The benefits for Mitsubishi seem clear-cut: access to a range of platforms, drivetrains and components at a fraction of the cost of what it would be to develop a car from scratch on their own.
And that bodes well for the brand, which only has two passenger cars on sale in Australia: the Lancer – currently in its 11th year on the market – and the Mirage, which is in dire straits on the sales charts against a slew of newer, better rivals.
Mitsubishi has previously confirmed it would focus on SUVs and commercial vehicles as its core business, but the tie-up with Renault-Nissan gives Mitsubishi a new lease on life, according to the company’s chief operations officer, Trevor Mann.
Mann was in Sydney recently, along with Renault-Nissan Alliance chairman and CEO, Carlos Ghosn, and he told CarAdvice that Mitsubishi is open to the idea of remaining in the passenger car segment, but the exact car and the exact position it would take up remains to be seen.
“I think we could not not focus on SUV, if you know what I mean. We’ve got to focus on SUVs, because, one; it’s where our strength and heritage is, and, two; it’s where the market is going – not only in Australia, but globally,” Mann said.
“The long debate is what do we do with the passenger car segment, where we’ve got a strong heritage product with Lancer,” he said.
Mann went on to suggest there is no announcement on the fate of the ageing small car, despite the fact that the plant that produces it is due to be retooled for a different model later this year.
“I don’t have a lot more to say on Lancer at this point in time, but that will come out in our mid-term announcement in October,” he said. “Basically we’re going to continue to sell Lancers for as long as we can.
“There’s a number of things we need to decide on: which vehicle in which segment; and we’ve got to understand where those vehicles will be manufactured – in order to make sure that we have a competitive advantage in our supply base of those vehicles, and what platforms we have available to us as an alliance to make those vehicles upon.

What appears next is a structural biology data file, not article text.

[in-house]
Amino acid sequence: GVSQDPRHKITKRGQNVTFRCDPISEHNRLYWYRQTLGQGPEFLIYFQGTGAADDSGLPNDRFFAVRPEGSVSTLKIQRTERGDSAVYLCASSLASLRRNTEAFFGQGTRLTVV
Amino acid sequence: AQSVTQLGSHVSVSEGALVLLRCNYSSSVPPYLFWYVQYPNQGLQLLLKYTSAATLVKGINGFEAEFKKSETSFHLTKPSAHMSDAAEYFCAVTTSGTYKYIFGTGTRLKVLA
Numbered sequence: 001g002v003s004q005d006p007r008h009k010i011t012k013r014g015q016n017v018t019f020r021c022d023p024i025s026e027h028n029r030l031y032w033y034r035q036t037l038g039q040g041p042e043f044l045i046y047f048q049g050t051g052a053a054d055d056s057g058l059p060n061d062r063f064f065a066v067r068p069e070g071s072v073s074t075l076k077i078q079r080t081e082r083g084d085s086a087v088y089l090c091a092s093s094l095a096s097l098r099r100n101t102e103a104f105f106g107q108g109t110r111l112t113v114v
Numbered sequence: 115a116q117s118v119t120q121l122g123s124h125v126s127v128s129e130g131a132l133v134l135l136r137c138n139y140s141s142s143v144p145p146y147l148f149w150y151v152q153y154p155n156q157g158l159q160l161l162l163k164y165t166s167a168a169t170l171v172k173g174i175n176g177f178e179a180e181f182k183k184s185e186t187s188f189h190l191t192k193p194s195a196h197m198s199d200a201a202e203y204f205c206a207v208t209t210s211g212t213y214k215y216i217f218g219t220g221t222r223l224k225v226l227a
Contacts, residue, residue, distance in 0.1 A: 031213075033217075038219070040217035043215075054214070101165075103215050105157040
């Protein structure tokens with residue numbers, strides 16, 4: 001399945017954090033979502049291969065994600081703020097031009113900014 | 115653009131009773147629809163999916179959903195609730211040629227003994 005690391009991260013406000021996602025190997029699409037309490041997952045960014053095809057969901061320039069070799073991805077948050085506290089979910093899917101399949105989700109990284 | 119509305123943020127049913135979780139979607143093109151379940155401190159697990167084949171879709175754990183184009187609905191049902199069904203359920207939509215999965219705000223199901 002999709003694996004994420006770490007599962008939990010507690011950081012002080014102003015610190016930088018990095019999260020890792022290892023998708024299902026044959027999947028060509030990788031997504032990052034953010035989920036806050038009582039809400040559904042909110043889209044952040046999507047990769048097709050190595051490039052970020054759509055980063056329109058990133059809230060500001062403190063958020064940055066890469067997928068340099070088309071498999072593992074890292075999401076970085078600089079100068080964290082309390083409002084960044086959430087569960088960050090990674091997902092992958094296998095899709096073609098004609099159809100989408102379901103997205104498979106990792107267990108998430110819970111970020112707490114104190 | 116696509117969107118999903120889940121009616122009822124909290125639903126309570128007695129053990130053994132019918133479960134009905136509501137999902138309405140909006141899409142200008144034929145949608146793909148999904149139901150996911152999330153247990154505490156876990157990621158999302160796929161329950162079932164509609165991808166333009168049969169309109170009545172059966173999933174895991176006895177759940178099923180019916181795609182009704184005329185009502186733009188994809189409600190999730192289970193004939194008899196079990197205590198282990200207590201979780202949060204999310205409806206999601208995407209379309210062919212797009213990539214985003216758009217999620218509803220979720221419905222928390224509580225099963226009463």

“That question is still ongoing,” Mann said.
The Lancer has, historically, been the brand’s strongest player in the passenger car stakes, and continues to sell quite well. To the end of May 2017, Mitsubishi Australia had sold 2923 examples of the hatch and sedan, ranking it ninth in the segment.
“From a commercial point of view we've got to have scale volume: we couldn’t just make a passenger car for Australia,” Mann said, referring to the other markets that Mitsubishi is strong, such as Thailand, the Philippines and Indonesia.
“The passenger car question is not just Australia – I was in Europe at the beginning of this week, and I was being asked the same questions about passenger cars as well. So we need to find a good solution, and part of that solution is not just the car, but also where it would be made,” Mann explained.
“We need to make sure we’ve got a good strong manufacturing base to supply not only Australia but also some other parts of the world.”
As to when we will find out more about Mitsubishi’s plans? Expect some news in October, when Mann and co announce their mid-term strategy for the brand.
“In the near future,” Mann said when asked when the public would know what the company has planned. “We’ve have to crystallise this for when we announce the mid-term plan in October. It’ll be announced then, but it’ll crystallise before then.”
In other markets like Taiwan, the Lancer will remain available as the Grand Lancer.